Polar plunge in Twin Lakes raises funds for Theodore Roosevelt High School scholarship (with video)

By Rachel Hagenbaugh | Staff Writer Published:

Freezing temperatures and windy weather couldn't stop 80 people from breaking out their bathing suits early and taking a jump into the icy waters at Fairways at Twin Lakes Golf Course Sunday to raise money for the Don Beckett Memorial Scholarship.

The fundraiser collected $2,430 from donations, tips from the bar and the costs to participate in the polar plunge and longest drive contest.

"I'm really pleased and thankful to the Kent community for coming out," said Fairways owner David Beck, who organized the day's festivities. "It was a huge success."

While some residents shivered, screamed for their towels and ran for the bonfire, others cheered them on, covered head to toe in hats, gloves and boots. Kent resident Carrie Gavriloff jumped with her 11-year-old daughter, Elizabeth.

"When you go under, you lose your breath," Carrie Gavriloff said. "For a few seconds I felt like I couldn't breathe."

Two firefighters from the Kent Fire Department, wearing thermal suits, sat on opposite ends of the hole in the ice for safety. Kent Fire Lt. Bill Myers said jumping into the water was completely safe. If anything happened, rescuers were inches away and an ambulance was waiting in the parking lot.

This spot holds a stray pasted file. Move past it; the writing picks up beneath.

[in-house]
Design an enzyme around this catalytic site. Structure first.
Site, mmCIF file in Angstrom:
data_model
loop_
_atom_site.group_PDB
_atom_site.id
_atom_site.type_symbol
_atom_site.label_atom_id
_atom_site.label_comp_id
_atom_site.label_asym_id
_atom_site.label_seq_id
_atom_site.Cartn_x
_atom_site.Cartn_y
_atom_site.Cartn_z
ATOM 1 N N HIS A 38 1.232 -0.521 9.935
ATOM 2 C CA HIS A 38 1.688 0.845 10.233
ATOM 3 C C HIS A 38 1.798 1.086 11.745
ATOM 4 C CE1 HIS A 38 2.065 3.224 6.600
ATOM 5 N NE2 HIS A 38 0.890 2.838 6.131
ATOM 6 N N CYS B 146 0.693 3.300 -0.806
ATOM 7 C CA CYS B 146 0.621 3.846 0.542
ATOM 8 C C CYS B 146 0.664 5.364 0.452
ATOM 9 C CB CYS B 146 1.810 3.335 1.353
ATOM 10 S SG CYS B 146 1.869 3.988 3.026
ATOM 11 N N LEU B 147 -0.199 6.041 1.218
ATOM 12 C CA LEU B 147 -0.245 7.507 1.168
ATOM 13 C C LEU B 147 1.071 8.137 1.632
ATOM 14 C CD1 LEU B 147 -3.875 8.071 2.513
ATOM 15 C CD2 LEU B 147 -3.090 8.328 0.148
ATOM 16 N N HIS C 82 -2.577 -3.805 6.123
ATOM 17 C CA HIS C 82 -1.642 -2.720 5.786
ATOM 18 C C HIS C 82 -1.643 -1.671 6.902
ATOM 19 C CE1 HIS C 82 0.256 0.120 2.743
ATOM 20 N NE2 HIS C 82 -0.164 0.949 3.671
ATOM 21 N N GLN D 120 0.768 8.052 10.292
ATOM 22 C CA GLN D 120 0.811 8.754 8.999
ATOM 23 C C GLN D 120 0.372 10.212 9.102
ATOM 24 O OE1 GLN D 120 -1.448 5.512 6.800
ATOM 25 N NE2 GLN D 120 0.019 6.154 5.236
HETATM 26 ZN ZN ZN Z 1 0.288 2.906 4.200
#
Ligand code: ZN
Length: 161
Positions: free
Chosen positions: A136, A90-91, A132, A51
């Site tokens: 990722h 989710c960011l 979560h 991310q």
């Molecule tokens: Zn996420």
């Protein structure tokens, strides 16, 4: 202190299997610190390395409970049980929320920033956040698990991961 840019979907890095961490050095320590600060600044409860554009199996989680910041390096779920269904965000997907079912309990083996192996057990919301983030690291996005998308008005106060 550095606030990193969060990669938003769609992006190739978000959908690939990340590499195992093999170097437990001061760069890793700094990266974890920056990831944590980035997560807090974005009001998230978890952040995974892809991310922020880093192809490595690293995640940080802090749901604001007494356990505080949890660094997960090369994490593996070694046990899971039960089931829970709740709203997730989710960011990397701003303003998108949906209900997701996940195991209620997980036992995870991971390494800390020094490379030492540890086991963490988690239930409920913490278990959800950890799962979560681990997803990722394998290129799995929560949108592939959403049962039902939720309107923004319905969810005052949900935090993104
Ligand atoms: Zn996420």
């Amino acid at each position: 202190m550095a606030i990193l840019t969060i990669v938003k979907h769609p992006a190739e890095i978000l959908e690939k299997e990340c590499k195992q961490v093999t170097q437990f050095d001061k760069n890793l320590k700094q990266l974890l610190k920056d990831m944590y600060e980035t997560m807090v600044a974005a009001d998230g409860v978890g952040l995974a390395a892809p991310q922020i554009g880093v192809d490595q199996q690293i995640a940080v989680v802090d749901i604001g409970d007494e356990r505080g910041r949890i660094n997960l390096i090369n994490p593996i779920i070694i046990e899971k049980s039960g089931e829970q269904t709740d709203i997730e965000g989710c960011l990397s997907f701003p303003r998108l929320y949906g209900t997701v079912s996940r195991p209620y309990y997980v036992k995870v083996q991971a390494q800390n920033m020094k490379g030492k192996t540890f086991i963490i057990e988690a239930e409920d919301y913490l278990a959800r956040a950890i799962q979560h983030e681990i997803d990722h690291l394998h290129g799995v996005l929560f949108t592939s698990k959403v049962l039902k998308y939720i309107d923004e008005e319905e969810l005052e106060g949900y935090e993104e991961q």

The scholarship is a $1,000 award presented to two Theodore Roosevelt High School graduates interested in pursuing a career in the medical field, police force or fire department. About ten years ago, Don Beckett, a firefighter for the Kent Fire Department, established the scholarship, Myers said. Beck knew about the scholarship and decided to make it his first fundraiser of the year.

"Since my family bought Twin Lakes (golf course), we've been looking for a way to get people out in the winter," he said. "We thought it would be a great cause."

Beck approached the fire department, which was happy to help with the event and decided to name the scholarship in honor of Beckett, who died of cancer in 2011.

"(Beck) organized the whole thing," Myers said. "He came up with the concept as a way to give back to the community."

Beck, who also braved the cold and jumped to raise money for the scholarship, said the fundraiser exceeded his expectations.

"For the first year, we had a lot of volunteers," he said. "It turned out great."

Beck said he has several fundraiser ideas planned for the year, but knows for certain that the polar event will become an annual event.

Contact this reporter at 330-298-1123 or rhagenbaugh@recordpub.com

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